By: Carl Legg
In this upcoming series of articles, The Griffin will be spotlighting some lesser known but crucial clubs on campus. Philosophy Club captured our attention this week for their transformative and intelligent discussions that are worthy of more student involvement.
The club’s president, Drew Sasala, described what the club is, as well as all it has to offer.
“Philosophy Club is just a group of students, and occasionally faculty from the department are there, that come together to drink some coffee and talk about issues that are deep in nature and tend to have a practical relevancy,” he explained.
Their discussions are often theoretical, but they try to always keep them relevant to modern issues, especially with the current political climate. The club’s main advisors are Dr. Chanderbhan and Melissa Mosko. The club has consistently felt gratitude toward them, for their moderation and educated input toward discussions.
It is indubitably the energy and passion that the club members bring that makes Philosophy Club special. Sasala fondly remembered one discussion about gender identity that made a lasting impact on those involved. Everyone there readily stayed nearly an hour past the original time slot, as they elaborated upon and discussed as many dimensions of the issue as possible. From existentialist to psychological perspectives, they embraced the opportunity to wholeheartedly discuss a topic that does not usually come up in casual conversation.
Sasala, always hoping to share these discussions with others, is trying not to be dismayed by the drop in turnout this semester. “Attendance at the club always ebbs and flows depending on what students schedules are, as well as the amount of majors and minors we have,” he said practically. In these times, he continues to appreciate the students who are not philosophy majors or minors, but come because they simply love the discussions.
In an effort to gain more exposure, the club would like to hold more interactive events. This semester, they are hoping to hold a movie screening where faculty can lead a discussion on the philosophical nature of a film of their choosing. These events are always some of the highlights of the club’s semesters.
In the fall, they held an interactive murder mystery. It was a night to remember, with logic puzzles, pizza, balloons, and Tim Horton’s gift cards. “It was fun and very philosophical, with people representing different branches of philosophy,” Sasala proudly described. “Just a brilliant and lame and an amazing time.” As much as the club questions everything, they know and revel in their own identity. Those who attended were eager to become more involved afterwards.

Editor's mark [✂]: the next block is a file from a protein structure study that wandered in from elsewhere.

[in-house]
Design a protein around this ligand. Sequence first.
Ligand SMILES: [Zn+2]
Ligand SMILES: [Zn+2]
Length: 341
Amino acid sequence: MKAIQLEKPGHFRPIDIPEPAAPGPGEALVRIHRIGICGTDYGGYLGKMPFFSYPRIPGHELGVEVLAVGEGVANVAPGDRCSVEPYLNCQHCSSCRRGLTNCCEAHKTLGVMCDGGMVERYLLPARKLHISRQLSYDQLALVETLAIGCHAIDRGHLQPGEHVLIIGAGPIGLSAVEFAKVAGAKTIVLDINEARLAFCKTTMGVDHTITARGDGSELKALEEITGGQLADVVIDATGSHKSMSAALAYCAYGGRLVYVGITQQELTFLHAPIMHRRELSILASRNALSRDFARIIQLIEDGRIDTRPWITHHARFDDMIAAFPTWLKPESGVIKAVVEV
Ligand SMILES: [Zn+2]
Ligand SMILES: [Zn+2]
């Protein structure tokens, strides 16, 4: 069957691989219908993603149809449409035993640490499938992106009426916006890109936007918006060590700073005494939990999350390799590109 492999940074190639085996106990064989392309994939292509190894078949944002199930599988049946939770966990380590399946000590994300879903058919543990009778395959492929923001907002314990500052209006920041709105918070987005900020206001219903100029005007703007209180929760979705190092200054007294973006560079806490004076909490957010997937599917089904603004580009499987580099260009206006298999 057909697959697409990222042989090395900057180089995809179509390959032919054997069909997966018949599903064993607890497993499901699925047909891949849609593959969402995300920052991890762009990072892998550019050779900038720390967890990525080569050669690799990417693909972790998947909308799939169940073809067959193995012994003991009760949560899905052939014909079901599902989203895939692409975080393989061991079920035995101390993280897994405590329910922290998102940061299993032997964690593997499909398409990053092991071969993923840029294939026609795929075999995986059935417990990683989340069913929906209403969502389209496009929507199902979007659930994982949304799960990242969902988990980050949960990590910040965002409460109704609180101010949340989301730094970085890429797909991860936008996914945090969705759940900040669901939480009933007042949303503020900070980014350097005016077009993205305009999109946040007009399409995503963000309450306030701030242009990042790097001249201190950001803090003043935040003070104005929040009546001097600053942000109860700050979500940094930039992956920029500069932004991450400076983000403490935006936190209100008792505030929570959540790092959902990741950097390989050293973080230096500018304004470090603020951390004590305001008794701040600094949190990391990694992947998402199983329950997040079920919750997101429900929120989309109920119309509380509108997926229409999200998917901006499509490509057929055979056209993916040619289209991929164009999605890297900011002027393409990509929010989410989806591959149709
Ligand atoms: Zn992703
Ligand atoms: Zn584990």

Looking to the future, Sasala hopes for the club to become more interdisciplinary. They would love to get more non-majors involved. Always looking for different perspectives to their deep discussions, they aim to make the club welcoming to everyone on campus. “We want the club to be a space for open thought and critical discussion outside of the classroom,” he explained.
Sasala believes the contrast to these discussions in an academic setting is what makes the club special. “Philosophy club offers a social setting where they can keep developing their thoughts. And I think that it’s really good to have that from both sides, because if you didn’t have both the academic and the social side, then I don’t think that it would completely work,” he explained. The ability to critically examine daily life and the world does not always happen in the classroom, and this is why he believes Philosophy club is especially important.
Philosophy club will always be special to Sasala. “To me, it means coming together with people and trying to get at the truth,” he said. “It’s been a place to test out new ideas and to just see where discussion can take us. And for me it’s actually been a really transformative thing. There’s been a lot of my own thoughts and parts about my own identity that I’ve worked out through discussing it with people that are open to conversation.”
It has made a lasting impact on his life and he would like nothing more than to share it with others.
If you are interested in joining the club, contact them via email or social media. Their email is email@example.com, or you can check out their social media page on Facebook. The club is always looking for more members, and presents students with an environment for expansive, explorative thinking.